At the same time, the need to sustain profitability in the domestic economy required greater speculation in the stock market, marking a qualitative advance of an unproductive capitalist economy. When it finally came to light in November of 1929 that the value of stocks was reduced to worthless scraps of paper, the stock market crashed and unemployment rose steadily for the next three years until Franklin Delano Roosevelt assumed the presidency on March 4, 1933, and moved immediately to pull us from the brink of total collapse in the First-Hundred Days of his administration that resulted in momentous legislation which became the basis of the New Deal.
Here is my point. In the case of the First Great Depression (1929-1939), the stock market crashed and was followed by the steady collapse of labor leading to massive unemployment in 1932. By comparison, the Second Great Depression is the result of several booms and busts since the general decline of the American Empire set in by the mid-1970s. Explaining this in detail requires a column in itself, which I seriously doubt you would read. Instead, I serve up this tidbit and hope you will take it up for your own edification. This depression is the result of a protracted and unique crisis of the American Empire in decay and decline. The constant pursuit of profit at exponential levels led to the steady erosion of the productive economy, the power of labor, and the vitality of nature itself. Look around and what do we see? Consider that more than 40 million Americans have filed for unemployment in the last eight weeks. Then look at the DOW and behold its spectacular growth in the midst of a great, great depression in the making.
An economy in shambles except for those who own it! Meanwhile, chaos grows daily as a result of a virus for which there is no vaccine while the bosses keep telling workers that they have no choice but to return to work. Before COVID-19, we could ask, “prosperity for whom” and answer immediately. Now it is more problematic knowing you could get sick and maybe die by going back to work. All capitalist apologists are preaching the necessary return to “normalcy” as though a collapsed economy and mass anger and protests now directed at institutionalized racism can somehow be overcome by wishful thinking.
Let me be clear. This depression will only deepen given the lack of a bold and robust economic recovery that, assuming Joe Biden is elected, goes far beyond the New Deal. But even if Biden went into a phone booth and emerged as Bernie Sanders, would this be possible now, just as it was for President Franklin Roosevelt, who finally embraced the principle of permanent state intervention into the private economy – Keynesianism as we know it – in 1938? Then, the United States was the world’s banker and leading creditor nation. Today, it stands unique in contemporary world history as an unprecedented debtor empire. American capitalism cannot be saved as it once was only if it continues along the current path toward fascism as those who control the State assure capitalist elites that the rule of finance capital will be preserved at all costs. Fascism is the result of failed monopoly-finance capitalism and its only endgame.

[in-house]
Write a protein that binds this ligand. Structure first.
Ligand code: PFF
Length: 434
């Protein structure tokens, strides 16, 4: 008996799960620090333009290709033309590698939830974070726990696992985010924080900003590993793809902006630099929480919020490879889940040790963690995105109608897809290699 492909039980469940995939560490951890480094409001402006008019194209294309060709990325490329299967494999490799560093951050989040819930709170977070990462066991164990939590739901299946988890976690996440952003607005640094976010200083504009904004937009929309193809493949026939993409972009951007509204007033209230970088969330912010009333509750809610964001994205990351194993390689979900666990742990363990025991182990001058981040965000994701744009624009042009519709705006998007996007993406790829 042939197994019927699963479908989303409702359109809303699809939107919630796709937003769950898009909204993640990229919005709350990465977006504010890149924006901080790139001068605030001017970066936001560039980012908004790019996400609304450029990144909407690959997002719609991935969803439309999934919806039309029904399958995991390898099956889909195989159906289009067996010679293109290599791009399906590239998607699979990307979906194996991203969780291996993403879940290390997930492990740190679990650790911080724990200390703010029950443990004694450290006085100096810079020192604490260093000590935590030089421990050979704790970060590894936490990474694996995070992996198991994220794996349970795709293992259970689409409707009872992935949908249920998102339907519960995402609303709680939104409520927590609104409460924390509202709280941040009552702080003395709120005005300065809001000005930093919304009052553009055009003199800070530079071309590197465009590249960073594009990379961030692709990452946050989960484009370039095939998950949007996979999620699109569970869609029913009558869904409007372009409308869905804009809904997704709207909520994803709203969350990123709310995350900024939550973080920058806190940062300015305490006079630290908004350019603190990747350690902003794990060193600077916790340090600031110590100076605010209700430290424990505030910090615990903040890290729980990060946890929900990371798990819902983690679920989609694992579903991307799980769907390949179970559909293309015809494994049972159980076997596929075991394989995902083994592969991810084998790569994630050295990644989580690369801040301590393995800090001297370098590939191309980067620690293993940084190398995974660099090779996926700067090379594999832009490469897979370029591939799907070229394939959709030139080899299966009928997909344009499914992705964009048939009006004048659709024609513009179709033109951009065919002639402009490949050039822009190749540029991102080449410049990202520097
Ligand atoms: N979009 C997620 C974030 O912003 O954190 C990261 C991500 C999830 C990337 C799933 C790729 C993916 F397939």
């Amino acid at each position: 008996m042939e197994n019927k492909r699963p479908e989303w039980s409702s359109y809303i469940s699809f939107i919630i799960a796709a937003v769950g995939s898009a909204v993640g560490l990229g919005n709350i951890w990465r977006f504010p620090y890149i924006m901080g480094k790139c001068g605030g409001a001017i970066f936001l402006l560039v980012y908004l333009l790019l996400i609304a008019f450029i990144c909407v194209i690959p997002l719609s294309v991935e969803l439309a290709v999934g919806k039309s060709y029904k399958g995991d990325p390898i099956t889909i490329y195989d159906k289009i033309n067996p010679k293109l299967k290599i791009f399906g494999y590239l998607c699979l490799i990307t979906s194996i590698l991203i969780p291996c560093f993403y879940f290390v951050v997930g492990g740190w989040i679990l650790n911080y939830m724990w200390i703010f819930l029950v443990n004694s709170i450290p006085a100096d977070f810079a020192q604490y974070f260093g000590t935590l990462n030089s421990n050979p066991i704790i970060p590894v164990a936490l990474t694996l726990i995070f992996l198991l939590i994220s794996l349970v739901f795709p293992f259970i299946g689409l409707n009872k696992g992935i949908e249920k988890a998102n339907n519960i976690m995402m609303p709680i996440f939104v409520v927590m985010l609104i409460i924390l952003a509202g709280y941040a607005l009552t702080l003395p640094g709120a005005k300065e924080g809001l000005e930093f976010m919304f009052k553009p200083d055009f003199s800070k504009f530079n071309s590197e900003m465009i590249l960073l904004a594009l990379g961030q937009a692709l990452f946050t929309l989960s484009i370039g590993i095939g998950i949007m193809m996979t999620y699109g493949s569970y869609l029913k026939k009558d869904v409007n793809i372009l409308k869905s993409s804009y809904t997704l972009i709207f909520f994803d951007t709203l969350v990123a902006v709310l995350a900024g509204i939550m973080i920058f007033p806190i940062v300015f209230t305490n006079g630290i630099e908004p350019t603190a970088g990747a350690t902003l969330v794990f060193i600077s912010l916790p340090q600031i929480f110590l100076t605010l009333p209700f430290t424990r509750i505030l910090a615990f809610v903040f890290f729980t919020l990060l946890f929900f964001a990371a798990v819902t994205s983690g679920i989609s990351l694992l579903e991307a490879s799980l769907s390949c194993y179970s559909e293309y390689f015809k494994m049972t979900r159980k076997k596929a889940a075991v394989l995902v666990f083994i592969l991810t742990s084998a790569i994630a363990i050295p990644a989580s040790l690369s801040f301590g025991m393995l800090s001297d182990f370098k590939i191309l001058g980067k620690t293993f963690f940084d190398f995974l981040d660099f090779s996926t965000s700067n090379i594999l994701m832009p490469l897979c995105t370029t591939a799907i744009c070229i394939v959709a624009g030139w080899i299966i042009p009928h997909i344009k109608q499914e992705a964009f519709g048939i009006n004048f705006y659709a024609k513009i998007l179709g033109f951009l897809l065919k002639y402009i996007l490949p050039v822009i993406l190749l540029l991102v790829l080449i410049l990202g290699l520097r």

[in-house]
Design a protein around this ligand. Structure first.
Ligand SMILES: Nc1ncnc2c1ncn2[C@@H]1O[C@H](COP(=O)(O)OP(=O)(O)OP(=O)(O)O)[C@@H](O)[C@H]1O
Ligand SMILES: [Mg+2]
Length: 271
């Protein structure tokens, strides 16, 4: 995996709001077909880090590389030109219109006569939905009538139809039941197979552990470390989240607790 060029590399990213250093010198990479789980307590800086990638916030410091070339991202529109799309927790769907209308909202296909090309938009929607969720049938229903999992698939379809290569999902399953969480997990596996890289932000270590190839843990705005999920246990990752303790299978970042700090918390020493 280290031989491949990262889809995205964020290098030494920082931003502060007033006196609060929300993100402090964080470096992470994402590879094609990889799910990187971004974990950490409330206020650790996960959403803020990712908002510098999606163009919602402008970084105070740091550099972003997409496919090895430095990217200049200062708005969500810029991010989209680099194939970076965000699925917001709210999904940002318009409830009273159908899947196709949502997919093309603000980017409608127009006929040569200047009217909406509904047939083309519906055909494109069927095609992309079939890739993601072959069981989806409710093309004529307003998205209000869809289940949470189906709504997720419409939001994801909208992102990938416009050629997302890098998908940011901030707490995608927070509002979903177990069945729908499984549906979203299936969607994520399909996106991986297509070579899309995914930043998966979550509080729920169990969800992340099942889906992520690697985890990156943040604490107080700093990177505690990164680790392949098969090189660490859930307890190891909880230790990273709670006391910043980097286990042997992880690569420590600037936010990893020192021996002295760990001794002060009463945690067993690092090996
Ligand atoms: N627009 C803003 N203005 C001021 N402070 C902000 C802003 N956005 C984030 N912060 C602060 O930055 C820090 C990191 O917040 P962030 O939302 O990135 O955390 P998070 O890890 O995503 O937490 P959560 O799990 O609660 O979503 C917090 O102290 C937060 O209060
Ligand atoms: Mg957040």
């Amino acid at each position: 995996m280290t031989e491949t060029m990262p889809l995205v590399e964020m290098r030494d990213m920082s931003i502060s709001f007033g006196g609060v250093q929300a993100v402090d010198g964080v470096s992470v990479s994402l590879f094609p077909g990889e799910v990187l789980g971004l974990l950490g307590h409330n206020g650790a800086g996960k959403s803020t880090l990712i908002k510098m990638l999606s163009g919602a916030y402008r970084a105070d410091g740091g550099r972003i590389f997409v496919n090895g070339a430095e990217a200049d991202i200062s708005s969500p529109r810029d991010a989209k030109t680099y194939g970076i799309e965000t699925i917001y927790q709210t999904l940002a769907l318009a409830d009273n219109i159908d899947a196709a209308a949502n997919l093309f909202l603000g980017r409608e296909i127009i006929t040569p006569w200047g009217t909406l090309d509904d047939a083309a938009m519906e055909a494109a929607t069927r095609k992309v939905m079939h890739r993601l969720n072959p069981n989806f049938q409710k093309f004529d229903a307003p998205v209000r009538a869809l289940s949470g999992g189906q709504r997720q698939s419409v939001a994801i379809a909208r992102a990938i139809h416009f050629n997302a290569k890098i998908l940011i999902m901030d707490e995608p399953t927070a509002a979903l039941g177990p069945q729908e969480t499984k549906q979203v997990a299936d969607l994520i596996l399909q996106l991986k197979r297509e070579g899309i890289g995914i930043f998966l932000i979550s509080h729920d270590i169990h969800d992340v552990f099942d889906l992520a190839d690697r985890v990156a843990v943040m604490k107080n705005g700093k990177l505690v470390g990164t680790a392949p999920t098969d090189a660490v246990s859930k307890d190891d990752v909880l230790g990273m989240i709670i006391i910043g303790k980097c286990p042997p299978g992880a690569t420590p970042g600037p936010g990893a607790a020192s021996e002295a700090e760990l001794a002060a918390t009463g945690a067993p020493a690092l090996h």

Before the election five months from now, we could see something Trump & Co. had seemed bent on before COVID-19; that is, a fascist rebuilding of infrastructure across the nation that would deliver even greater profits to leading corporations and major financial institutions. This is the dance Trump & Co. does with Wall Street, and up to this point the two have been more than willing to tango. Now that the reserve army of labor has grown, a fascist “recovery” would proceed from the corpse of American labor power at the cheapest price. Marx’s axiom that under capitalism “time is everything, man is nothing” would take the shape of some of the currently unemployed hired by private companies to work on public works projects for wages far below purchasing power needed to sustain them at an acceptable standard of living; in other words, just enough to purchase whatever is being produced, amounting to a novel type of the minimum wage. Such powers vested in private-public partnership only advance the domination of monopoly-finance capital over the majority pf Americans. This move also would be comparable in world-historic terms to what Hitler and Nazi leadership did to win over the hearts and minds of German bankers, industrialists, the great Junker landowners whose members also filled the elite German Military Command and, of course, much of the middle class in 1934-1935. It could even get Trump re-elected! It also is worth considering that the initial Nazi recovery could not sustain profitability of a productive domestic economy. Consequently, it turned to its own version of unproductiveness and waste, the creation of a wartime economy aimed at conquest and world domination.